Mammut Ride RAS 30L Airbag Pack — First Look Review


This post by WildSnow.com blogger  
Backcountry skiing avalanche airbag backpacks.

Airbag backpacks.

I’m excited that Mammut, a large and highly respected outdoor company, is creating an avalanche airbag pack of their own. They recently unveiled their Ride RAS 22 and 30 liter packs using the RAS airbag system licensed from Snowpulse (Mammut has since bought the Snowpulse brand). What you get is a solid pack along the lines of Mammut’s popular Nirvana rucksack combined with the excellent RAS airbag system. It works exactly like the previously reviewed Snowpulse RAS 35, but with different pack features. Mammut recently sent me the 30 liter model to try for a week. I only got out once with it, but I was able to get a pretty good idea of how much I like it: A lot.

Early season turns with the new Ride RAS 30. You can see the trigger handle hanging in front of my armpit.


At 6.83 lbs, the Ride RAS 30 is one of the lightest airbag packs available for its 30 liter size, and with a very friendly price point of about $874 (including cylinder), it is far less costly than some of the competition. The RAS airbag system is a favorite of mine. As I’ve already spent time explaining RAS in other posts, I’ll focus on the pack features in this quick review. For more info on the RAS, see the Snowpulse RAS 35 review. This is a self refillable system and very user friendly. See the Snowpulse/Mammut 2.0 refill guide for more info. The airbag can be swapped into other RAS compatible packs and the trigger handle and leg loop are similar.

Mammut airbag RAS backpack

Clamshell design opens completely, revealing the airbag pouch (red on far left), air cylinder (partly zipped up in its pouch), hydration bladder pouch, and a small odds and ends pocket with a key clip.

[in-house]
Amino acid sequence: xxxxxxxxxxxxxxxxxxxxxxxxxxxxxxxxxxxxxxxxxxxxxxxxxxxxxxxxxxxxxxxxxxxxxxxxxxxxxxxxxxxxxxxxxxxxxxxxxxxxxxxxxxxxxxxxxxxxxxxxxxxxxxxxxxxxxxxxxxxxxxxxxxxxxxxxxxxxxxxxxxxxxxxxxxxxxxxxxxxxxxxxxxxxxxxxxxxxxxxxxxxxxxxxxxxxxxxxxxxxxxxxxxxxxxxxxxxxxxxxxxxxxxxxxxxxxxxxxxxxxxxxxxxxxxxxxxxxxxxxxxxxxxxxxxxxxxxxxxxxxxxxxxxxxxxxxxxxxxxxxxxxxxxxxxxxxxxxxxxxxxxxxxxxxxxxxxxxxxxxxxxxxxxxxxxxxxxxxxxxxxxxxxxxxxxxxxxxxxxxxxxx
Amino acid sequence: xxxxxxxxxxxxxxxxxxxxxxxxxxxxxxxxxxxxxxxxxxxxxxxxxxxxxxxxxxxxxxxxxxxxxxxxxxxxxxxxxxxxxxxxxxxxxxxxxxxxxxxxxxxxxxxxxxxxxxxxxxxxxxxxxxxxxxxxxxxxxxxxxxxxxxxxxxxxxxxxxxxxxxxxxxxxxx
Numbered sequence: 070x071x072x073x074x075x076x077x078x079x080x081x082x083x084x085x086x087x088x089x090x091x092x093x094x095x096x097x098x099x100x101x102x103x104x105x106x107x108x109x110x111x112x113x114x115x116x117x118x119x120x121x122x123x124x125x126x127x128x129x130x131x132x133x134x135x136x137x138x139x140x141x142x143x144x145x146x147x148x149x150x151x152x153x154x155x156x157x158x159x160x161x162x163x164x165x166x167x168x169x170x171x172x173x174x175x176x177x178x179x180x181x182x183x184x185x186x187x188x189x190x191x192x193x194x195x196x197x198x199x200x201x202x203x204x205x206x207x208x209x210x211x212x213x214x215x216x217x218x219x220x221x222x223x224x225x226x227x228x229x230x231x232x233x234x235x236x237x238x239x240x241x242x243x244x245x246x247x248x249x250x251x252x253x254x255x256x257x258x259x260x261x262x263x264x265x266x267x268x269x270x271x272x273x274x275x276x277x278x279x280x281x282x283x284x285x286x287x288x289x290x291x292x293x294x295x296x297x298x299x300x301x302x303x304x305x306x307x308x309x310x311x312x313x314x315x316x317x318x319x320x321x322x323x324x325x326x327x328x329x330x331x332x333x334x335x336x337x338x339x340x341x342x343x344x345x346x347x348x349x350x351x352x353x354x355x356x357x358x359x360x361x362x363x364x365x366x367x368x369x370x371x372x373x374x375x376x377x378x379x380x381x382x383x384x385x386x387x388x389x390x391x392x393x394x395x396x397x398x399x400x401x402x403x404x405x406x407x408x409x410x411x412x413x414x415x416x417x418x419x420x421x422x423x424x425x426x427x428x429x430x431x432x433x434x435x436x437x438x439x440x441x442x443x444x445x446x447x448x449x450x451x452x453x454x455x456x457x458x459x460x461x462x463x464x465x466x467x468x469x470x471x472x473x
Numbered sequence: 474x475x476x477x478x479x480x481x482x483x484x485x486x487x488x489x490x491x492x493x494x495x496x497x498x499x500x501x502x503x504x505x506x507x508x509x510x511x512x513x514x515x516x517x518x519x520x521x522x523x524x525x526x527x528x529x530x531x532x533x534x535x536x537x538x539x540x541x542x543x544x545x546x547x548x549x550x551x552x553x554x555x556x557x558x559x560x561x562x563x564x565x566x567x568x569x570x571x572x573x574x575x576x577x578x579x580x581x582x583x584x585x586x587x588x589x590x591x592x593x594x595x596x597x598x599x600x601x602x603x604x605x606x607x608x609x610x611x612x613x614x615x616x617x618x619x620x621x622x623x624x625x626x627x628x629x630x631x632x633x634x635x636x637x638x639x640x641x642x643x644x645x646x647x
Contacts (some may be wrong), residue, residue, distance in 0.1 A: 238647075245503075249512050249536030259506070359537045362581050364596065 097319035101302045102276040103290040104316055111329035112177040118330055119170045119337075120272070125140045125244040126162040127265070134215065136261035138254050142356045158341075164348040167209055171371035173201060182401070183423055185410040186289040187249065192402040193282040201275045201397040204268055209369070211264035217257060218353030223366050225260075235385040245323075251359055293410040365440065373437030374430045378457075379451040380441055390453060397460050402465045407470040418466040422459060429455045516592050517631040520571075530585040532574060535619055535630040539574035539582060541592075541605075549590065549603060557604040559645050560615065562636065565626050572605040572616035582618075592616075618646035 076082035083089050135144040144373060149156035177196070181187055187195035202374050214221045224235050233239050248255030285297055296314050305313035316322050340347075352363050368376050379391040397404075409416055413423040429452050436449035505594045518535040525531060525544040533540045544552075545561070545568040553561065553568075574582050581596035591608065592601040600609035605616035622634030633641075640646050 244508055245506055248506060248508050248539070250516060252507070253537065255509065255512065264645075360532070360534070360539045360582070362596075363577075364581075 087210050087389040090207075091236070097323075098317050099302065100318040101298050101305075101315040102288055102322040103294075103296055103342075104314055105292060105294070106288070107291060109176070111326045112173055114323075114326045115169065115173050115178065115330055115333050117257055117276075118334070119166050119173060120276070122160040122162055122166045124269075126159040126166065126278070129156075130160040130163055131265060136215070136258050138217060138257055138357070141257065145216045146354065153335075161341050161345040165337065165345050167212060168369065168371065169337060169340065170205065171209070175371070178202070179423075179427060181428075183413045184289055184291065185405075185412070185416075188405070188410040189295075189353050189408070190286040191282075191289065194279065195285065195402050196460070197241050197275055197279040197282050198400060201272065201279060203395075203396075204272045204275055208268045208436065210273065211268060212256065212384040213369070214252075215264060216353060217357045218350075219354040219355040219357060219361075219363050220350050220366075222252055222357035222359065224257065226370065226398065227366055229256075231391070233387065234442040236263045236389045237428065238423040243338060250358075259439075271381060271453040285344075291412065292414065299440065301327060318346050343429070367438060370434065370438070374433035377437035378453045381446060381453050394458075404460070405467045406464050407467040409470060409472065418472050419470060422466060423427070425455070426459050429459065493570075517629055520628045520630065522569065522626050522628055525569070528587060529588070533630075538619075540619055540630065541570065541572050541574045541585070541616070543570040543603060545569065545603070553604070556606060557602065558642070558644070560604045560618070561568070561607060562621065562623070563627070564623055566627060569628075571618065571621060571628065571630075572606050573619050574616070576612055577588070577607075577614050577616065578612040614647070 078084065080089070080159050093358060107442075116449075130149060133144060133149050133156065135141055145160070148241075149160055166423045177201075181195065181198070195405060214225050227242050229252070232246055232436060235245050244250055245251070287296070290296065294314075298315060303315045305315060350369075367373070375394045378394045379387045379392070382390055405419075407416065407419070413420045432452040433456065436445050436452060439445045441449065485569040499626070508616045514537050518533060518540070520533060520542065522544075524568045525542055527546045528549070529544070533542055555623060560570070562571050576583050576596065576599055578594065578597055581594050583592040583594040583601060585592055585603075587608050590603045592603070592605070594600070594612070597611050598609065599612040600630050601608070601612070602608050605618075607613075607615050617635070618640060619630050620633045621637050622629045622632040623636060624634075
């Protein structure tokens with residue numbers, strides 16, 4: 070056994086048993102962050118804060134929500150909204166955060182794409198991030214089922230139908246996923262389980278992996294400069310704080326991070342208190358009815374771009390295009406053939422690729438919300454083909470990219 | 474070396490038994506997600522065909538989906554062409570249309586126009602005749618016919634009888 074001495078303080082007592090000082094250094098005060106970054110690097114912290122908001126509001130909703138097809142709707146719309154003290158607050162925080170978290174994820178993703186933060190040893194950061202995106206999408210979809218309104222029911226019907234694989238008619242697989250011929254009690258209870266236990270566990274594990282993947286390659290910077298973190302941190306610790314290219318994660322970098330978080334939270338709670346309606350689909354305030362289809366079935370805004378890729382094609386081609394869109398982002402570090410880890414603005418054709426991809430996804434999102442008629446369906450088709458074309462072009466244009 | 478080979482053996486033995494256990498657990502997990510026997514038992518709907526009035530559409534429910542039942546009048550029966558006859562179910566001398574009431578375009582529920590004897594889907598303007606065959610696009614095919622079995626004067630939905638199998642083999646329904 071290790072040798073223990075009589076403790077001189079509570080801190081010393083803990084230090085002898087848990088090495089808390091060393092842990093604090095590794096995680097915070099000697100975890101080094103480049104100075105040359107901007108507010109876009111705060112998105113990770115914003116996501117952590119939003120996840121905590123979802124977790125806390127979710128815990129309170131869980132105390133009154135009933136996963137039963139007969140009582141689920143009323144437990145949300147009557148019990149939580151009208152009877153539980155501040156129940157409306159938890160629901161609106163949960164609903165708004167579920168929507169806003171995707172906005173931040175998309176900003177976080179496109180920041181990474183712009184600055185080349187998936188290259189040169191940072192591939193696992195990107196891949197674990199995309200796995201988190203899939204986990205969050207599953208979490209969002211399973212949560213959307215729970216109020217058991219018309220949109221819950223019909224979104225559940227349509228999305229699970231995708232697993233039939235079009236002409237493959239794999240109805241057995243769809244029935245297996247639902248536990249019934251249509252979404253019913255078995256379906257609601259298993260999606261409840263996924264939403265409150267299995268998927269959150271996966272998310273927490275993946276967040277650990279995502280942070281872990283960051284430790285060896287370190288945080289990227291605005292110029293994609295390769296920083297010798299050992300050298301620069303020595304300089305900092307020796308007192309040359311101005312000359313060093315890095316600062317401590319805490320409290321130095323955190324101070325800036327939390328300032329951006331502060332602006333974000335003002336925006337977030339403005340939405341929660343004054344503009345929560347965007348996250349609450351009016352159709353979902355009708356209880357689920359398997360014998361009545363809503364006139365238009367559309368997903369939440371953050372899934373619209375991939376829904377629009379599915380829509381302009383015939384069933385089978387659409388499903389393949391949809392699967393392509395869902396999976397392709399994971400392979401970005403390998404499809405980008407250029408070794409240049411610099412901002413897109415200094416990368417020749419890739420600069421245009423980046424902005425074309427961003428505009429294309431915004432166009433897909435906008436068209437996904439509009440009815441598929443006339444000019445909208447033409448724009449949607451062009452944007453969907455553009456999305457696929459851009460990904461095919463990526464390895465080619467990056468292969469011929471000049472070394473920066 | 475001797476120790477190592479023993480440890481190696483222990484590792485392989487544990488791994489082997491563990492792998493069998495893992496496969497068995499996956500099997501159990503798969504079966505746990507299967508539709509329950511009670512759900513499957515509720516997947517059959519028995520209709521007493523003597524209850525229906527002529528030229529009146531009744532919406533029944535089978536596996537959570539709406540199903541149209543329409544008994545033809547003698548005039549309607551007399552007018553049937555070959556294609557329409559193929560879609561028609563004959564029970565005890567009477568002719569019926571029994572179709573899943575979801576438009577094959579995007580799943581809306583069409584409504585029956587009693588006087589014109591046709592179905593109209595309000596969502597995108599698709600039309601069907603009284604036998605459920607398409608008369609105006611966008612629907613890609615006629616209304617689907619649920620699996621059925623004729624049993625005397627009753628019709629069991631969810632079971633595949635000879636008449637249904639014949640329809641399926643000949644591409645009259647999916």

The Ride 30 is a clamshell zip panel load style of pack, which is popular with many for ease of access. It’s easy to get to your stuff, as the main zip runs nearly all the way around, allowing for complete access. Points to Mammut for including a shovel and probe pocket that opens large enough to not have to struggle to get the shovel in and out. Also included is a goggle pocket, which is a little on the small side but still a nice place to put your goggles. Lined goggle pockets are showing up in more and more packs these days and I’m a fan. No hip belt pockets unfortunately.

Mammut airbag RAS backpack

The avy tool pocket opens completely to easily and quickly access. Sleeves for shovel handle and probe.

You can fit a huge blade, but not quite enough length for the longer handles, even when broken down.

Mammut airbag RAS backpack

Goggle pocket opened. The horizontal straps hold a snowboard vertically or a rope or whatever. Useful for adding a stuff sack for hut trips.

The pack is supported by an aluminum v frame rod, which is separate from the airbag system and could probably be removed. The Ride 30 carries comfortably, keeping the airbag components close to your bag while also allowing you to pack other things close to your back. Many other brands also keep their components close to the back, but their design also leaves lots of empty space against the back. Skis can be carried with a dedicated diagonal system which tucks out of the way. Snowboards are carried vertically with the two horizontal compression straps. No ice axe holder, but I suppose you could carry your skis vertically using the snowboard carry system and use the ski carry loop for an axe if you really needed to.